Whitefish begins long-anticipated plan for 93

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Cars drive along Highway 93 South in Whitefish. (Heidi Desch/Whitefish Pilot)

After sitting on the docket for more than a decade, the city of Whitefish is taking the public’s pulse on the future of the Highway 93 South corridor.

The city invited community members to an open house last Wednesday at National Parks Realty on Spokane Avenue, where different aspects of the corridor were presented by city planning staff. Concerns and questions were also taken down.

The corridor plan will focus on future land use for Highway 93 South from Sixth Street to Blanchard Lake Road south of Montana 40. The corridor is primarily zoned secondary business with some mixed-use and residential land uses included.

City Long Range Planner Hilary Lindh said a few main themes stick out when she looks at the corridor.

“I think there’s a couple main concerns,” Lindh said. “People have concerns with how the corridor looks, so driving into Whitefish — does it look like everywhere else in the country with commercial strip type stuff or is it unique and does it look like a special place? People are also thinking about keeping some open space and adding a median that would restrict left turn lanes. Traffic congestion is the other big thing — how easy and safe it is to drive through the corridor?”

“Those are all things that we’re going to have to work through during the planning process,” she noted.

On one map of the corridor, visitors were asked to leave sticky notes with concerns or ideas pertaining to the area.

At the south end of the corridor, folks suggested lowering the speed limit prior to reaching the Montana 40 intersection or helping land owners get city services through annexation.

People also suggested adding a roundabout to the area off JP Road and the west side of Highway 93 South. Someone also voiced concerns about noise congestion in the area, writing “Do we need to develop every speck of land between Montana 40 [and downtown]?”

Farther north in the corridor, visitors wanted to see roundabouts at the intersection of 13th Street and Baker Avenue, and also worried about the dangers of the so-called “suicide” or middle turn lane.

Planning and Building Director Dave Taylor said a lot of the issues they’re looking at boil down to traffic.

“Obviously traffic is a concern — where future streetlights might occur, how at some of the new developments like Whitefish Crossing it’s very difficult to make a left turn onto the highway,” he said. “We’ll talk about things like taking the suicide lane out of Highway 93 and maybe putting in a landscaped median in there, breaking up some of the large commercial strip areas, things like that. Just kind of getting people thinking about things like that and how they want to develop it.”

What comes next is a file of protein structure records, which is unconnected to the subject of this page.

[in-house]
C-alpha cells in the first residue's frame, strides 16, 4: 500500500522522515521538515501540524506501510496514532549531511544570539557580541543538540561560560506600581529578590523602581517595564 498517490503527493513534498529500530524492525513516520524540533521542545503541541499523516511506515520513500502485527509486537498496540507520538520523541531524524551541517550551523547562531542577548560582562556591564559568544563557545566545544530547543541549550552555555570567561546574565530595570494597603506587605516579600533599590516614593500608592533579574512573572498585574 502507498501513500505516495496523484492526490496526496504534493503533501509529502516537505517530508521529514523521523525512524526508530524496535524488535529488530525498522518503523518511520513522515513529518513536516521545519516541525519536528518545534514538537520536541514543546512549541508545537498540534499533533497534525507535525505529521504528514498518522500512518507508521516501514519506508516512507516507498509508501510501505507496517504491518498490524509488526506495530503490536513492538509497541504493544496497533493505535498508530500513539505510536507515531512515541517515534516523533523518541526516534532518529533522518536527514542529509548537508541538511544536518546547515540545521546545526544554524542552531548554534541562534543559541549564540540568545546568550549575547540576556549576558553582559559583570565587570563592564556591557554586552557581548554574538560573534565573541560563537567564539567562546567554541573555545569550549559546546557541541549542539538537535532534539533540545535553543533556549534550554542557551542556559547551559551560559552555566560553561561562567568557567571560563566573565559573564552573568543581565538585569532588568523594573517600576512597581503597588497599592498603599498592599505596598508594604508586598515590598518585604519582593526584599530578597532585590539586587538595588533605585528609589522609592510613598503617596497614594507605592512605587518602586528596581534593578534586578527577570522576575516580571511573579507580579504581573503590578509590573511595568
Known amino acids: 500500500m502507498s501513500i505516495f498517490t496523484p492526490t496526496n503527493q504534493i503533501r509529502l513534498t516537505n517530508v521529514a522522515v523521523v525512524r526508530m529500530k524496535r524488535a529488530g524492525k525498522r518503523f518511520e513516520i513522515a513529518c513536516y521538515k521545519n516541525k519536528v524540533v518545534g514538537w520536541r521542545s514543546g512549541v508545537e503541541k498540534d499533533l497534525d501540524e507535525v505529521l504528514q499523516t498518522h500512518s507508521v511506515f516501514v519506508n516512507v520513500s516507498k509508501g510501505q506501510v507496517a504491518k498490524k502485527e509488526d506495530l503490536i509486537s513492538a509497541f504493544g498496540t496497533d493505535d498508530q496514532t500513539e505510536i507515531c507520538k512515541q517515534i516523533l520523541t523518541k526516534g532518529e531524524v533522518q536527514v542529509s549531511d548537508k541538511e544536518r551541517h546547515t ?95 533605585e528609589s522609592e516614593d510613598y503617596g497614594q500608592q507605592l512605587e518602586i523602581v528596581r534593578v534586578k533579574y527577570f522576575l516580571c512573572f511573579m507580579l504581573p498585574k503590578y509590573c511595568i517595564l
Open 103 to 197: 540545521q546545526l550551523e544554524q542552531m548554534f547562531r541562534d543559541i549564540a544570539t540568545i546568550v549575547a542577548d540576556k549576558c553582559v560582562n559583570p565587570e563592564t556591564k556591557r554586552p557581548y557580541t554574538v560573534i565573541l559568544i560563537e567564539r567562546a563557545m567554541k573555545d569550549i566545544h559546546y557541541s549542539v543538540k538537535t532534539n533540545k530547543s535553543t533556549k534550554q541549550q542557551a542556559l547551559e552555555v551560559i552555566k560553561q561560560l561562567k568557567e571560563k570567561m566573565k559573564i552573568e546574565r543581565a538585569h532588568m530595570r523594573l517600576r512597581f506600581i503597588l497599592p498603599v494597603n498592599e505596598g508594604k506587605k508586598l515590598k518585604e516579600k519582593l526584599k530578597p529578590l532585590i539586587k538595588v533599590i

Taylor said the corridor has been a high-priority item since the city adopted its master plan in 2007.

However, the city couldn’t get Flathead County Commissioners on board for a joint plan, so the project fell behind while other priorities like Highway 93 West and Wisconsin Avenue came to the forefront.

“This one was kind of identified as the first [priority] but because we really couldn’t get cooperation, it’s hard to plan unless all the different regional decision makers are all on board with the plan,” Taylor said. “Nevertheless, we’re going to press on and do what we can within city limits and maybe plan a little bit outside that corridor as people annex in, obviously if people want water and sewer [services] that means they have to play by the city’s rules as they develop.”

Right now the city is just in the earliest stages of planning, Taylor says, gathering public input and identifying key issues.

Another open house is planned for December, and a follow-up meeting in the spring is set to bring together a lot of the ideas discussed at the open houses.

Lindh said the hard part will be balancing the opposing desires of different community members’ viewpoints.

“There are a lot of pros and cons on all these issues, so if we’re thinking about, ‘Do we want to extend services further south on the highway?’ Well, if we do then we annex into the city and we have a little more control on how that develops, but there might be more development. Or ‘Do we not annex?’ and what does that leave those property owners with the ability to do?” she said. “There’s a bunch of different trade offs on all of these things that need to be considered. For sure not everyone will be happy with everything, but we have to look at what the community as a whole wants to see in the future.”

For more information, visit the city of Whitefish website at www.cityofwhitefish.org. Project specific information can be found by clicking on “Planning and Building” and selecting “Long Range Planning.”

Comments concerning the project may be mailed to: Hilary Lindh, City of Whitefish, Planning & Building, P.O. Box 158, Whitefish, MT 59937. Comments may also be submitted by email to hlindh@cityofwhitefish.org. Participants attending the public open house are welcome to submit comments at that time.

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